# Regional economic disparities

Regional differences in gross domestic product (GDP) per capita within non-OECD countries are often substantial and larger than among OECD countries. According to the Gini index, the emerging economies – Indonesia, Colombia and the Russian Federation – displayed the greatest disparity in GDP per capita in 2013, with Chile, Mexico, the Slovak Republic and Ireland showing greatest disparity among the OECD countries (Figure 2.17).

During 2000-13 regional disparities increased in 18 out of the 32 countries considered. Significant increases can be found in Ireland, Australia, the Slovak Republic and France (Figure 2.17).

Regional differences in GDP per capita, measured by the range between the region with the highest and the lowest GDP per capita, were markedly high in Mexico, Chile and the United States where some regions were at least three times richer than the national average, and other regions had values lower than half of the national average (Figure 2.18).

While the Gini index provides a measure of the overall inter-regional disparities in a country, the poverty rates measure the share of people living in the bottom part of the income distribution and can provide an indication of the different economic implications of disparities within a country. Regional disparities as measured by the Gini index in GDP per capita are of the same magnitude in the United States and in the Czech Republic, for example, while the percentage of the national population in poverty in the former is more than three times higher than in the latter (Figure 2.19).

Definition

GDP is the standard measure of the value of the production activity (goods and services) of resident producer units. Regional GDP is measured according to the definition of the System of National Accounts (SNA 2008). To make comparisons over time and across countries, it is expressed at constant prices (year 2010), using the OECD deflator and then it is converted into USD purchasing power parities (PPPs) to express each country’s GDP in a common currency.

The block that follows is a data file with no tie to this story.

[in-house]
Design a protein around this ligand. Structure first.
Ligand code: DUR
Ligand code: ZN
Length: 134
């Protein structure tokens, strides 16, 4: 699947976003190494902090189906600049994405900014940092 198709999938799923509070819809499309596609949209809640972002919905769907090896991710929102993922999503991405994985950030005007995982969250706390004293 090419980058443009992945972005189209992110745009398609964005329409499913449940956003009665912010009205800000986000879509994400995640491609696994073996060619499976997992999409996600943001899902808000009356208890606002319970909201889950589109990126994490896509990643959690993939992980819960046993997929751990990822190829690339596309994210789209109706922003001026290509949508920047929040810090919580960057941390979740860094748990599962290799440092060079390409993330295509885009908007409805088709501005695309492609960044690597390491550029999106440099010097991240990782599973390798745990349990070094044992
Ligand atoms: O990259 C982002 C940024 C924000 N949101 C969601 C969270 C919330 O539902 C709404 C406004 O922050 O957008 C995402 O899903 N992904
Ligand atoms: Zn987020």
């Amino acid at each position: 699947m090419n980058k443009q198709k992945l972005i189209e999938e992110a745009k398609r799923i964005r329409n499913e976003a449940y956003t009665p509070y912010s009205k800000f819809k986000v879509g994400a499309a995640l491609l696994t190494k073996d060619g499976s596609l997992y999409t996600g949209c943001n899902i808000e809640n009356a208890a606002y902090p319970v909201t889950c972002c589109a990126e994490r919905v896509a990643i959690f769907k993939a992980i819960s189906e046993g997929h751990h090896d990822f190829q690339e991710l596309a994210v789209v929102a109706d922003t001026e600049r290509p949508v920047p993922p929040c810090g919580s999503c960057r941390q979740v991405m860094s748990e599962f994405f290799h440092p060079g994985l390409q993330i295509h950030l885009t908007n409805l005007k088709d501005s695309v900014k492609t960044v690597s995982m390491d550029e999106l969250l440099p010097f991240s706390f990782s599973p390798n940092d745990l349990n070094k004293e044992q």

GDP per capita is calculated by dividing the GDP of a country or a region by its population.

The Gini index is a measure of inequality among all regions of a given country. The index takes on values between 0 and 1, with zero interpreted as no disparity. It assigns equal weight to each region regardless of its size; therefore differences in the values of the index among countries may be partially due to differences in the average size of regions in each country.

The poverty rate is the ratio of the number of people who fall below the poverty line and the total population; the poverty line is here taken as half the median household income.

### Source

OECD (2015), OECD Regional Statistics (database), http://dx.doi.org/10.1787/region-data-en.

OECD (2015), “Deflator and purchasing power parities”, OECD National Accounts (database), http://dx.doi.org/10.1787/na-data-en.

OECD (2015), “Income distribution”, OECD Social and Welfare Statistics (database), http://dx.doi.org/10.1787/socwel-data-en.

### Reference years and territorial level

2000-13; TL3.

Australia, Canada, Chile, Mexico, Turkey and the United States TL2 regions. Germany non-official grid regions.

Brazil, China, Colombia, Indonesia, Russian Federation and South Africa TL2 regions.

Regional GVA for Turkey. Regional GDP is not available for Iceland and Israel.

### Figure notes

2.17: First available years: Japan and India 2001; Mexico 2003; China 2004.

2.17- 2.19: Last available year: Austria, Brazil, China, Colombia, Estonia, Finland, France, Germany, Hungary, Indonesia, Ireland, Italy, Japan, Latvia, Lithuania, Norway, Poland, Russian Federation, Spain, Sweden and Switzerland 2012.

2.19: Poverty rate, all countries 2012, Canada 2011.

Information on data for Israel: http://dx.doi.org/10.1787/888932315602.